Pinned locations make hard-to-find documents ready to hand.
I have documents I use daily and those that I use monthly. Those I visit on a daily basis I can find without problem – usually. But those that I use less frequently can sometimes tax my memory! Where did I store that? In my general Databases folder? Or in the specific Newsletter folder? And only when I’m busiest does this happen with greatest frustration. Like brain power, already partially drained, which cannot remember a common location when the need is urgent, is the finding of the document you put in a special place so you’d find it! If you want to avoid such a hassle, then this tip on pinned locations will help you… twice!
When using Microsoft Office (Office 365), there are two ways that you can create pinned locations for a document that you frequently or routinely use. Avoid the struggle to remember as you try to hunt it down each time. The pinned location comes to your rescue regularly.
The first source of pinned locations is in the program itself. Take, for example, Word. When you open Word, you may commonly go to the Open page to find your document. By the way, there are three ways to get to the Open page! You can keystroke with Ctrl+O – for Open; you can use Alt+F – for File (Open link in left column); or you can simply click on the File tab in the ribbon. All three take you to the Open page.
You have probably noticed on the left of the Open page that there are links to browse your computer to find the document you want. On the right there is a list of Recent Documents. That list can show from 0 to 50 of your most recently used documents. This can be very helpful!
However, what if you could keep the most routinely used at the top of the recently-used list? Used once a week or once a month, a document can drift down the list. The list shows the most recent in order of last use. So to keep your favorite document at the top, you take these simple steps to make it a pinned location.
- First, highlight the document by rolling the mouse over the document title without clicking (clicking will open the document). You will be able to see at the right edge of the highlight a horizontal pin.
- Next, click on the horizontal pin and the document will be “pinned” to the top of your list. You have created a pinned location!
- The document will stay in the top section month after month, until you once again click on the pin (now vertical) to unpin the document from the list of recently opened documents.
There is another way you can identify and access your favorites by making them pinned locations.
- First, pin the Word icon (or any of the other Office icons) to the Task Bar.
- Go to the start button to find the Word program icon.
- You may need to search by using the small search square in the top right corner.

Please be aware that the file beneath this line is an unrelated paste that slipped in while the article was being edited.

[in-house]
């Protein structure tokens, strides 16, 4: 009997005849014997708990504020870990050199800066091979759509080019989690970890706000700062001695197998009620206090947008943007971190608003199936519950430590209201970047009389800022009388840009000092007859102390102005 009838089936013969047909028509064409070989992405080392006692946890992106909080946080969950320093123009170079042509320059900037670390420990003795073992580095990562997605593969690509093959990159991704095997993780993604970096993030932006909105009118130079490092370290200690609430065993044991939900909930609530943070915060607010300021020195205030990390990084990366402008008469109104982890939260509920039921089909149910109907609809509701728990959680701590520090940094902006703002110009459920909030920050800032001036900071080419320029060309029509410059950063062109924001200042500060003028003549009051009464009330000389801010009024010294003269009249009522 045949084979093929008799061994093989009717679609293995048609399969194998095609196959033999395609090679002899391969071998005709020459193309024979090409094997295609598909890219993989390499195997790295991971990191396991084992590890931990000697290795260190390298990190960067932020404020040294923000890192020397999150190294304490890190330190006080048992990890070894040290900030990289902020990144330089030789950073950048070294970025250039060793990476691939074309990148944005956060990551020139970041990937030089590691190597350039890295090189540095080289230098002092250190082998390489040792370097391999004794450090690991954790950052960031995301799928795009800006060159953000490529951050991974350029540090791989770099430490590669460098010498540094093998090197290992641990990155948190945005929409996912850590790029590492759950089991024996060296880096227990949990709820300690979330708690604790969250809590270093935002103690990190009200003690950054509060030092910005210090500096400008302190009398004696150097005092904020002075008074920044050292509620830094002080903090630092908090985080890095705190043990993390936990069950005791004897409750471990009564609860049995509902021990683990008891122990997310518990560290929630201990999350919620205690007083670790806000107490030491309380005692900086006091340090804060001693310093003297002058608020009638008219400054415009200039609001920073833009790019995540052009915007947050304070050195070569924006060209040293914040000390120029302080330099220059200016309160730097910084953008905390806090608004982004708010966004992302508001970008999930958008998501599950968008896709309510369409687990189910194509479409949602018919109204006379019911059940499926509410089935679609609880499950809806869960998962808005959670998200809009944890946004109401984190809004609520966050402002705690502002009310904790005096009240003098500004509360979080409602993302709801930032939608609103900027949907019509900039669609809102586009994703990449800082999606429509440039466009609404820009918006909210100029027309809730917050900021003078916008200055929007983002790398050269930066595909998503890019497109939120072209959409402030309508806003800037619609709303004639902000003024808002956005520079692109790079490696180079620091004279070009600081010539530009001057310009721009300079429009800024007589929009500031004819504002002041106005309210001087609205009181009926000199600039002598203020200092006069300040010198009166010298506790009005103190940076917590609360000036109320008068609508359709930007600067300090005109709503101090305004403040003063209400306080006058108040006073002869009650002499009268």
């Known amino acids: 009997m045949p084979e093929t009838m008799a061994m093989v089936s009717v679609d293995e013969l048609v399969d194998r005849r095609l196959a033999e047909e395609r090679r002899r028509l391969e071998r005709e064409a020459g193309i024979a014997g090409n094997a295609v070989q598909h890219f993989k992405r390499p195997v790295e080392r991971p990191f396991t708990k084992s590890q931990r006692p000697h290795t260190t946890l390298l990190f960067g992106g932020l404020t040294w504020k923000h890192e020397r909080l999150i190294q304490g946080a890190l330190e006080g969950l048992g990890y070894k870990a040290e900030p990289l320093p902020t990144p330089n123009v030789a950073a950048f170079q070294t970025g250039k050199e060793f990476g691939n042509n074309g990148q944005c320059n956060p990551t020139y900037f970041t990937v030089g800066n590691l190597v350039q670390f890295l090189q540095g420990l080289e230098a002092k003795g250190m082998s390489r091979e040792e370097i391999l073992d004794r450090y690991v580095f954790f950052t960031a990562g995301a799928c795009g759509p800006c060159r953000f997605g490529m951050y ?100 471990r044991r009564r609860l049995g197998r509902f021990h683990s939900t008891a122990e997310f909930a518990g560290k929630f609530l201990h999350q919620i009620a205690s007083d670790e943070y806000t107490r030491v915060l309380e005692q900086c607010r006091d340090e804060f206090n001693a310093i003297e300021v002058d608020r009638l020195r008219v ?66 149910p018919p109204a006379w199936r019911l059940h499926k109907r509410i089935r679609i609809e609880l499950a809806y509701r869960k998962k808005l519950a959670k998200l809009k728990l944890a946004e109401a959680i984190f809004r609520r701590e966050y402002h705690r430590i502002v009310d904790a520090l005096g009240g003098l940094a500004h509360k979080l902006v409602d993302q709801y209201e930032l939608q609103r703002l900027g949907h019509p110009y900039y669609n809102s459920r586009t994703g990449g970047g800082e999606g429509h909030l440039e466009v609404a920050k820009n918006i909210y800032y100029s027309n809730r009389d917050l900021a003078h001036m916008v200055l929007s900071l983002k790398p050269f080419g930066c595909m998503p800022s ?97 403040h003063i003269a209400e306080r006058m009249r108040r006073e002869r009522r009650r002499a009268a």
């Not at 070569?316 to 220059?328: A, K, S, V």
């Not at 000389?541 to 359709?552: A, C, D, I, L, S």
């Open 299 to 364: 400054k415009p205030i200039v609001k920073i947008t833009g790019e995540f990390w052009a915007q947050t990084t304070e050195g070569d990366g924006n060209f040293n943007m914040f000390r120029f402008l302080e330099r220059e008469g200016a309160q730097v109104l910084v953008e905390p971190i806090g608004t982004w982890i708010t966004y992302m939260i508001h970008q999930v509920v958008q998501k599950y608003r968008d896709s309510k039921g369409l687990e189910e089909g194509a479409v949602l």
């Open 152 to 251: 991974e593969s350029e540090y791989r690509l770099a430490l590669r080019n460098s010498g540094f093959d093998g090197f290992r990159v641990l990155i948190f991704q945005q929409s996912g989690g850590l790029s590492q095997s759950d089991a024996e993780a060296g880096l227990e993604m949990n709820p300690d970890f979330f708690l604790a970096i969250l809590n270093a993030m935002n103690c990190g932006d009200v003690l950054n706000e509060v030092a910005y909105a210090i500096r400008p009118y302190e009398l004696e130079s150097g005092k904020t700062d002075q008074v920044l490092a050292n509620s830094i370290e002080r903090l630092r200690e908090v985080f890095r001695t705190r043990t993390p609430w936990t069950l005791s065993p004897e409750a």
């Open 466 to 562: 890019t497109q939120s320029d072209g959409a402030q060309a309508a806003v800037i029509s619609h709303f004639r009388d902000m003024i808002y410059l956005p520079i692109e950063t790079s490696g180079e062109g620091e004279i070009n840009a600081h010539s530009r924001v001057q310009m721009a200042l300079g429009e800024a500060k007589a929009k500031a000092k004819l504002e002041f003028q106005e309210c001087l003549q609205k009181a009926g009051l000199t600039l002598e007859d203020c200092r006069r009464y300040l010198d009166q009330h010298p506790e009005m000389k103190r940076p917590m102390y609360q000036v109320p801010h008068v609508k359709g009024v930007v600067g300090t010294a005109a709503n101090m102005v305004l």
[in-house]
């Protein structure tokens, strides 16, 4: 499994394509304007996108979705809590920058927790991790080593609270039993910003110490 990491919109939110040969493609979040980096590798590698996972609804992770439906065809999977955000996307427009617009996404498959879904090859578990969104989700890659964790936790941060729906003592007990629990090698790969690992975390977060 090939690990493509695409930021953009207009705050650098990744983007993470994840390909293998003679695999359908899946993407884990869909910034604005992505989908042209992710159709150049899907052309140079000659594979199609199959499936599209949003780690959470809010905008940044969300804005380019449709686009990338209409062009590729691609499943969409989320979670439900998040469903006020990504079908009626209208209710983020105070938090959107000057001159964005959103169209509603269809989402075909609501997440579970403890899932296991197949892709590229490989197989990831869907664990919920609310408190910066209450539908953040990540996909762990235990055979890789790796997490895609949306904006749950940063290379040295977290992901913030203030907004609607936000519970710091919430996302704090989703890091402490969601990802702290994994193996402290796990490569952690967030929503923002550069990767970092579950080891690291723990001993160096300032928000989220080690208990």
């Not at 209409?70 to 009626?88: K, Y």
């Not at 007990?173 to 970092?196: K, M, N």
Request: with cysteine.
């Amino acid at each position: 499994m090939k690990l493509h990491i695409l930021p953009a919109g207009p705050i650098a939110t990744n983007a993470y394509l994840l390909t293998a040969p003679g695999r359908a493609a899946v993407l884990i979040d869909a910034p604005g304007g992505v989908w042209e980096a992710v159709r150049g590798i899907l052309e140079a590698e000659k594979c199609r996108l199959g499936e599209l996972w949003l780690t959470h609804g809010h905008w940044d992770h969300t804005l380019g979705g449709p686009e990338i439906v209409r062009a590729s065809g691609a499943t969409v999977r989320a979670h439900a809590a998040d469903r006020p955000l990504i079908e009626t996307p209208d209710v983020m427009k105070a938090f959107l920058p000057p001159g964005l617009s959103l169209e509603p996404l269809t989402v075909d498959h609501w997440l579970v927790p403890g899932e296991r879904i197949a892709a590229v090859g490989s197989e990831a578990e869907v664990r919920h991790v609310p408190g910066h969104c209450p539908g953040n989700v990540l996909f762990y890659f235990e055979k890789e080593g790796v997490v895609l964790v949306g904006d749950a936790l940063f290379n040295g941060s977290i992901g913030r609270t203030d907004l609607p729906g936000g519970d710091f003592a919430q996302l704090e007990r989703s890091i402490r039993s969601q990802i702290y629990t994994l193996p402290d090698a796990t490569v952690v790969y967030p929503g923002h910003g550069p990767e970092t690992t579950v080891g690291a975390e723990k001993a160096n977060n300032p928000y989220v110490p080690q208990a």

- When you find the Word program icon, right click on it and choose, Pin to Task Bar.
- Now you are set up to create more pinned locations.
As you use documents in Word, the start icon on the Task Bar will also keep track of documents recently used! By right clicking on the program icon in the Task Bar you will see the familiar Pinned and Recent locations as in the Open page.
Again, you can roll over the document title (without clicking) to see the horizontal (unpinned) or vertical (pinned) icon. The program icon on the Task Bar is a great navigational tool when you have several Windows open.
Here’s some important information to keep from being at the mercy of you pinned locations. You know what will happen. You are so used to conveniently using the pinned location, that you forget the original location! What should you do if you ever have the need to go to the original folder? To be reminded where your pinned location document is actually stored?
Instead of clicking on the pinned location, hover over it with the mouse and you’ll see the actual path. This is true whether from the Task Bar or from the Open page. You may need to jot the path down. My experience was that if I let go of the mouse (didn’t move it) the box with the path would stay open for about 4 seconds – long enough to get the major direction down. Scribble quickly! Or just hover again.
In case you really get into pinned locations where you can find documents easily, you may want to increase the number of recent or pinned documents the Open page will maintain. You’ll need to open the program (Excel, Word etc.), and then choose File/Options (Alt+F + T).
Select Advanced from the links in the left column. Scroll to the Display section (more than half way down). The first item under Display allows you to set the number of documents to be displayed in the Recently used storage. The default is 10, but you can put in any number from 0-50.
Just below the setting for how many documents to be displayed there is a check box for Quick Access. This allows the top four of your pinned locations to be placed in the side-bar of the Open page. If you press the Alt key, the four documents will be numbered (1-4) and can be accessed by pressing the numbers 1, 2, 3 or 4. Depending on which document you desire. Nice! Of course, you could always reach for the mouse and click. But Alt+3 or Alt+1 is Quick Access!
One final tip. Now that you have learned to put documents into a pinned location, keep your eye out for the opportunity to grant pinned location status to a Folder! With Word already open, go to the Open page and start your document search by clicking on the Computer link. You’ll be given a list of folders. At that point, you know the drill! Highlight and pin. Great work! You are now a master of pinned locations.
An online procedure for pinning a Folder to the Taskbar may give you further help and insight into the matter of pinning for convenience.